• Take fewer baths and shorter showers

Step 5: Buy more efficient appliances

The typical UK home spends around £500 on electricity each year, a little over a hundred less than it spends on gas. Most households use gas for heating and some for cooking but electricity is used for a number of different purposes.

The following chart gives you a rough breakdown of how the typical UK home spent money on electricity. Around £63 is spent on a standing charge before you even use any energy and the big users are fridges and freezers, gadgets, lighting and clothes washing.

breakdown typical electricity bill

In the last ten years there have been big improvements in technology and efficiency standards that make saving electricity easier. This is particularly important when you go to replace appliances. Here are some options:

  • Switch to LED light bulbs
  • If you replace your TV get an LED screen
  • Get A rated fridge or freezers if replacing
  • Get A rated washing or drying machines
  • Opt for mobile computing if sensible

Step 6: Behaviour change

If you are really serious about cutting your bill then the final link is to develop a few simple habits that can save you money. These are particularly interesting, or even big wins in terms of money, but every little helps.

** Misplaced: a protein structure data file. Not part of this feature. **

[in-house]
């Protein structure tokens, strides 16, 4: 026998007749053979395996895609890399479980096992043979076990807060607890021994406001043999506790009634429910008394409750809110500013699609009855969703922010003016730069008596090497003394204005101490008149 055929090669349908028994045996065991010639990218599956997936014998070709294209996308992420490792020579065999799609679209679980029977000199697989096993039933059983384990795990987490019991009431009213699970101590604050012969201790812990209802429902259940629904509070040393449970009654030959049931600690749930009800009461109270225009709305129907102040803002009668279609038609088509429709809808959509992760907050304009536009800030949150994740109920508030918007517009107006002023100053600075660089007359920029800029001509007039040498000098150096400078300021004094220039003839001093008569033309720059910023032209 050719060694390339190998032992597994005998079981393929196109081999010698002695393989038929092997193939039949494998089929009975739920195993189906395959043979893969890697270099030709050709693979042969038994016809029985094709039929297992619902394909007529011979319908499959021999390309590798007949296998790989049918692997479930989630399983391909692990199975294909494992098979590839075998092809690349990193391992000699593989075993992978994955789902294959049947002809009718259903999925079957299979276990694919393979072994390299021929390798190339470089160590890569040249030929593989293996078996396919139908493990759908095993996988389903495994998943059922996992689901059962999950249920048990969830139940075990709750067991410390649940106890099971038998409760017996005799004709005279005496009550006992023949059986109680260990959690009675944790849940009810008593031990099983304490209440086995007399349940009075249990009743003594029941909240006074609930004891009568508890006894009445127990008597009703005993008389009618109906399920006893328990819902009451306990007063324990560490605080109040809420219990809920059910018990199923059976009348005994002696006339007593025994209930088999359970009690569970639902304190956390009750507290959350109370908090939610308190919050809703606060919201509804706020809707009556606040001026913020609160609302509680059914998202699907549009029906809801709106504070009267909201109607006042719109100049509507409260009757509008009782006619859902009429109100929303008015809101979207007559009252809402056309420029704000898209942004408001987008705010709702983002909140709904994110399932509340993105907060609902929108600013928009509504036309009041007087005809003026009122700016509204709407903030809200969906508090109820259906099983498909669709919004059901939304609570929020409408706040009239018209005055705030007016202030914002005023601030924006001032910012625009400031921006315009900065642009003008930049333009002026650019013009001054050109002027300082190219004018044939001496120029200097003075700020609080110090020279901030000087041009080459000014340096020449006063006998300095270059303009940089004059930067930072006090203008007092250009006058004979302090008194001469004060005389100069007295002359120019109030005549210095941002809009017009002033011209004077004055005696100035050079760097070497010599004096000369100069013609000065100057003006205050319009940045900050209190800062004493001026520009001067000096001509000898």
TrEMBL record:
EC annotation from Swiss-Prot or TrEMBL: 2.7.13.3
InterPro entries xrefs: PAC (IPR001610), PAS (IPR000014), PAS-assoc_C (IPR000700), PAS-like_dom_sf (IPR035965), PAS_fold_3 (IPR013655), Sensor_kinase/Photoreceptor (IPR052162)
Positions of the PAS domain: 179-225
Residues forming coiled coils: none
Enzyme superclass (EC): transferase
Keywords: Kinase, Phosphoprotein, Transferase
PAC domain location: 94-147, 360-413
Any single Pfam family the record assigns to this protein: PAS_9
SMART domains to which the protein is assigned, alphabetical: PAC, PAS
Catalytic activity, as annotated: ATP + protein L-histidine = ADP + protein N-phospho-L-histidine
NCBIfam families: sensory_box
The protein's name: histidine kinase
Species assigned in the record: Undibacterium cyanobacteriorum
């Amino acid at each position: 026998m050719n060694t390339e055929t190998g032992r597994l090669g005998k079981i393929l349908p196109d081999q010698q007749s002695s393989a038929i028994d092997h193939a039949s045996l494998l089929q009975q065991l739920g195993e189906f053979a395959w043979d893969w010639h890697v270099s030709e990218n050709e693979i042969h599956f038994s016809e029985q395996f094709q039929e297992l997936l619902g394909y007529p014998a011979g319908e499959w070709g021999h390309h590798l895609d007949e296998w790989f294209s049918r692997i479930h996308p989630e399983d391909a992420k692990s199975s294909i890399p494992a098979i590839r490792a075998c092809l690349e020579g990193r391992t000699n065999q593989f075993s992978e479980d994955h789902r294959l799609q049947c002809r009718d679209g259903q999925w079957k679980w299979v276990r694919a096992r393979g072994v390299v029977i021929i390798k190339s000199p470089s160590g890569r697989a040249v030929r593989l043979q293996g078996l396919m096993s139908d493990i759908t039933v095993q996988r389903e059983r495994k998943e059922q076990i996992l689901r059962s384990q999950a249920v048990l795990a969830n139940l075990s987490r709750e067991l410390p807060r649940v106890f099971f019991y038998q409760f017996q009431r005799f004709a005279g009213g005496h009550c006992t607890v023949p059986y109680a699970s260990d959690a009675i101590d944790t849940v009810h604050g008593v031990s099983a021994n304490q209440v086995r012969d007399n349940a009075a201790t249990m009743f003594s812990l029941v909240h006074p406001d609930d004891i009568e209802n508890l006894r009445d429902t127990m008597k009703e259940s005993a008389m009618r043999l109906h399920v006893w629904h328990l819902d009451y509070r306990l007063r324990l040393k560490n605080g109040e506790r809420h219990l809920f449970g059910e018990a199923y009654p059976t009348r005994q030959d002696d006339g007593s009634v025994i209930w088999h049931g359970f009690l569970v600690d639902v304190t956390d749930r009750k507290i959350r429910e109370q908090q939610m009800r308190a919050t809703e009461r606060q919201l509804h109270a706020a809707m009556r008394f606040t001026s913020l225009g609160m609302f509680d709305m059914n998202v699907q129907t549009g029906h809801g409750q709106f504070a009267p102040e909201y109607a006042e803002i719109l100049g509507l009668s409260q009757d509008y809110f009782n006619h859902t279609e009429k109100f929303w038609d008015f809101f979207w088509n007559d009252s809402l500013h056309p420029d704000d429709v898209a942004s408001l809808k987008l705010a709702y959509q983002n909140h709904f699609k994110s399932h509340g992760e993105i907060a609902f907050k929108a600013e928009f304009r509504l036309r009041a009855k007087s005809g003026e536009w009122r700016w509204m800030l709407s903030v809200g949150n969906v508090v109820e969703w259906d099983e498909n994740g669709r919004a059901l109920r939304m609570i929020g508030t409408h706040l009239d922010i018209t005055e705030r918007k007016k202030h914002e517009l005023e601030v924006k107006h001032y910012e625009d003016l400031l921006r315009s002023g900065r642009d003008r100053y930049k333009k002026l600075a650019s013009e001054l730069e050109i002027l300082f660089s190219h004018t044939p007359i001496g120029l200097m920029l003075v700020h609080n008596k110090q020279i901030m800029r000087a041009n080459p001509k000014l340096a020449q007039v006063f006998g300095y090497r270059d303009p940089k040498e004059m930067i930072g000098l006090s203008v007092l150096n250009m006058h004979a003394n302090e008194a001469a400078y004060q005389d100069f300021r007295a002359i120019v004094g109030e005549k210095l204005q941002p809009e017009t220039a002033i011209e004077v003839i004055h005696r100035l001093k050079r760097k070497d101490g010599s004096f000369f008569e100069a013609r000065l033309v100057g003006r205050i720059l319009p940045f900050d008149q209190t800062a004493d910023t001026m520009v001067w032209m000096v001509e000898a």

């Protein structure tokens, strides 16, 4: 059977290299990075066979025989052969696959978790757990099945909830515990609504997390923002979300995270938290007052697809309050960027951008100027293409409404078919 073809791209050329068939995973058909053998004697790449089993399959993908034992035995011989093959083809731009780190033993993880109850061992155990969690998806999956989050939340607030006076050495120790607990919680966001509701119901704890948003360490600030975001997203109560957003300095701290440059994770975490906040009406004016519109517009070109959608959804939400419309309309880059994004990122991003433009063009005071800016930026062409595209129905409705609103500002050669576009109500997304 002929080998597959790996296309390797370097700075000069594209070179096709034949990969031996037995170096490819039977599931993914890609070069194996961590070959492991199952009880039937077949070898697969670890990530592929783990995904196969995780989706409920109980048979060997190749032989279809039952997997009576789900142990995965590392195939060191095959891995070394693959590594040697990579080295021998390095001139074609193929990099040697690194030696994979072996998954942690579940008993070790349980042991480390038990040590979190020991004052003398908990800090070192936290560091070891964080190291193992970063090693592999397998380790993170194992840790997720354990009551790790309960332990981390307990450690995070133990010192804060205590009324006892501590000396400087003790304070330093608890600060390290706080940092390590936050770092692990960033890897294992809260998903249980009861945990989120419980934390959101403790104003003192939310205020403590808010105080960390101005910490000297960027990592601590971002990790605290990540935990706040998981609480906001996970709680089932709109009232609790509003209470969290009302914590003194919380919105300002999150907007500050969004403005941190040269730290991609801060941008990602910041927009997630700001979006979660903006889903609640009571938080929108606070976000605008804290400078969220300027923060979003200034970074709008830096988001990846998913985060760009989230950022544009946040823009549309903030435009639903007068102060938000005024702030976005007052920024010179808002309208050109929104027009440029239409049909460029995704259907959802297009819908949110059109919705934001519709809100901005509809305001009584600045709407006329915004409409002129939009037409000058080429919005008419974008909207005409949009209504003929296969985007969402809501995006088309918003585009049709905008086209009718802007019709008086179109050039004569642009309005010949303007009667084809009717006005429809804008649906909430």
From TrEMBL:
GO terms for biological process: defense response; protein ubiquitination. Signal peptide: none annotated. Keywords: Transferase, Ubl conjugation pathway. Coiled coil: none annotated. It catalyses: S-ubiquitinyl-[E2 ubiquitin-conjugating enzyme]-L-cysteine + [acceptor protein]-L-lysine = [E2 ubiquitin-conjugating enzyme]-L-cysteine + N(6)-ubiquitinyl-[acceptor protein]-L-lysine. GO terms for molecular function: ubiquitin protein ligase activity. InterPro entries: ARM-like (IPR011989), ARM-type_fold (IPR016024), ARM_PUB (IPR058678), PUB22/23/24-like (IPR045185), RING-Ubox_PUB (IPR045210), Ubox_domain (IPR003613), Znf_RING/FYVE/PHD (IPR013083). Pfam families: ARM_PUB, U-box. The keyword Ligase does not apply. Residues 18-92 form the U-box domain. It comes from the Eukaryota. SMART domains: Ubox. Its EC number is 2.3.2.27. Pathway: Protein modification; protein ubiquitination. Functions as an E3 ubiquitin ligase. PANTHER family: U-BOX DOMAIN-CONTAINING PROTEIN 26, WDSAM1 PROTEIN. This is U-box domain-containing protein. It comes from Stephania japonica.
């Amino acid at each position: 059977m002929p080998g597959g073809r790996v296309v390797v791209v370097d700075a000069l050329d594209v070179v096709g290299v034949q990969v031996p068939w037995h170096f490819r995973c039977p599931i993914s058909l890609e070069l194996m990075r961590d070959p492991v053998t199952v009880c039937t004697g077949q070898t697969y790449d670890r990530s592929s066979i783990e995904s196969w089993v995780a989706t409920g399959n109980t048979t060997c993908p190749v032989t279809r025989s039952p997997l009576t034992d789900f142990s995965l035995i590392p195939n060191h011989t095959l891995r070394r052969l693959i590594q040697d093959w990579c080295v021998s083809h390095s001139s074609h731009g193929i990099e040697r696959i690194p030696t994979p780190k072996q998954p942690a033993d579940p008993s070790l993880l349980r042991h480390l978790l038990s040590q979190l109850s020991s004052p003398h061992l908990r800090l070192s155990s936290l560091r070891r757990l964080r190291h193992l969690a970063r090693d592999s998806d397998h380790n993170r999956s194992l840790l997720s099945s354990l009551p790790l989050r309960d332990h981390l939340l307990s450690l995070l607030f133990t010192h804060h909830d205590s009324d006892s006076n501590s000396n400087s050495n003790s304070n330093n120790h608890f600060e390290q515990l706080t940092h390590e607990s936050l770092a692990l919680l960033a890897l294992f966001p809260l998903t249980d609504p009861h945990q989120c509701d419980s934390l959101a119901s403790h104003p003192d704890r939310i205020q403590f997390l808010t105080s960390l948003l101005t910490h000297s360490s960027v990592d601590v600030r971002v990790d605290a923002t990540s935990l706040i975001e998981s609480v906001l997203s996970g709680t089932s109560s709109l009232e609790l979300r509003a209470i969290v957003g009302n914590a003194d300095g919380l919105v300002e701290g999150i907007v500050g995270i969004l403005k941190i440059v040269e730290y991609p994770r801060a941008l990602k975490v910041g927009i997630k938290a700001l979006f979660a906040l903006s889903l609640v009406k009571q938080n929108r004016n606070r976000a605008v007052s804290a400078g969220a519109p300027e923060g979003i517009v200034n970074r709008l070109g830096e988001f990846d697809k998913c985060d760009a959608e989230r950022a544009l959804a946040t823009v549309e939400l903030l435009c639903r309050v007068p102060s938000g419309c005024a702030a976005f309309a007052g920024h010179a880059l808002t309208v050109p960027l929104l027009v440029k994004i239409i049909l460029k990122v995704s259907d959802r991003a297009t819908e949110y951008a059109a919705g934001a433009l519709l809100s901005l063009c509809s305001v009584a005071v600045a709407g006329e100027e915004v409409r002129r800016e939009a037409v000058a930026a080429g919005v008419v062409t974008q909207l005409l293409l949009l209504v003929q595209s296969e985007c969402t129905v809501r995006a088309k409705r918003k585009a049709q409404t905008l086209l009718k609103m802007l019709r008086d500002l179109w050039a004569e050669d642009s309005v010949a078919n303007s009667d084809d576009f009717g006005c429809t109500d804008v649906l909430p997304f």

Here is a chart describing some options and what they might save you.

electricity savings from behaviour changes

The easiest win for most homes is to tackle standby. The vast majority of standby in the UK is associated with entertainment (set top boxes, TVs, DVRs). Putting all of these onto a single switch and turning them off each night can often save £35 a year.

Drying your clothes on a line is the other big win, simply because clothes dryers are such big energy users. Then it's just common sense things like washing at lower temperatures where practical, turning lights off or filling the kettle only as much as you need.

A final checklist to slash your energy bills

Here is a final checklist to sum up your best options for saving: